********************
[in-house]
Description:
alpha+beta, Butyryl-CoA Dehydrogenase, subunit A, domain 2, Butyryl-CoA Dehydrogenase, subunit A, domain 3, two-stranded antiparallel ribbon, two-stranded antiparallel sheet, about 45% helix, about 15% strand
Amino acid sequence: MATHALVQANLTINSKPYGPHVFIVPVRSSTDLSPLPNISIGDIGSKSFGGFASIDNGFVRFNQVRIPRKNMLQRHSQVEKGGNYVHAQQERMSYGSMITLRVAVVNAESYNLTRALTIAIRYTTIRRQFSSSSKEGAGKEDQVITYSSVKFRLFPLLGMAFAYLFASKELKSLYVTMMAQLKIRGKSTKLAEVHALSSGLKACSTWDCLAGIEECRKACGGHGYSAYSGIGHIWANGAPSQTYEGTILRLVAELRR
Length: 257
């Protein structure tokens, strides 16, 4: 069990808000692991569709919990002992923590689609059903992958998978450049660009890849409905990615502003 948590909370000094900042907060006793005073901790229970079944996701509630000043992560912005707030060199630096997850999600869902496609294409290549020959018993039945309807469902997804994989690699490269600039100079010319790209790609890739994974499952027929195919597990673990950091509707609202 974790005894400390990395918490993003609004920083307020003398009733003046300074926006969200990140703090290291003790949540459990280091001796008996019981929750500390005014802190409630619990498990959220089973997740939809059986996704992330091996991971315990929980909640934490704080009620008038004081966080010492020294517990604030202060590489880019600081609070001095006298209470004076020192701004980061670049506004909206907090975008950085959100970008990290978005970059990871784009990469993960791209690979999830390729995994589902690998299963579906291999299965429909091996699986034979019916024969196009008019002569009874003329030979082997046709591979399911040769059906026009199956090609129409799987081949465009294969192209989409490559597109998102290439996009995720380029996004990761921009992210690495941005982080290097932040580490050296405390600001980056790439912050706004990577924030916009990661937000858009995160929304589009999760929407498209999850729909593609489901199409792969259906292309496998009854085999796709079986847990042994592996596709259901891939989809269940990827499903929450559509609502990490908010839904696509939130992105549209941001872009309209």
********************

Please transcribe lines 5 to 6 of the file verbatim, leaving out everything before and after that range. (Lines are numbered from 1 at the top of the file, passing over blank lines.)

Length: 257
């Protein structure tokens, strides 16, 4: 069990808000692991569709919990002992923590689609059903992958998978450049660009890849409905990615502003 948590909370000094900042907060006793005073901790229970079944996701509630000043992560912005707030060199630096997850999600869902496609294409290549020959018993039945309807469902997804994989690699490269600039100079010319790209790609890739994974499952027929195919597990673990950091509707609202 974790005894400390990395918490993003609004920083307020003398009733003046300074926006969200990140703090290291003790949540459990280091001796008996019981929750500390005014802190409630619990498990959220089973997740939809059986996704992330091996991971315990929980909640934490704080009620008038004081966080010492020294517990604030202060590489880019600081609070001095006298209470004076020192701004980061670049506004909206907090975008950085959100970008990290978005970059990871784009990469993960791209690979999830390729995994589902690998299963579906291999299965429909091996699986034979019916024969196009008019002569009874003329030979082997046709591979399911040769059906026009199956090609129409799987081949465009294969192209989409490559597109998102290439996009995720380029996004990761921009992210690495941005982080290097932040580490050296405390600001980056790439912050706004990577924030916009990661937000858009995160929304589009999760929407498209999850729909593609489901199409792969259906292309496998009854085999796709079986847990042994592996596709259901891939989809269940990827499903929450559509609502990490908010839904696509939130992105549209941001872009309209």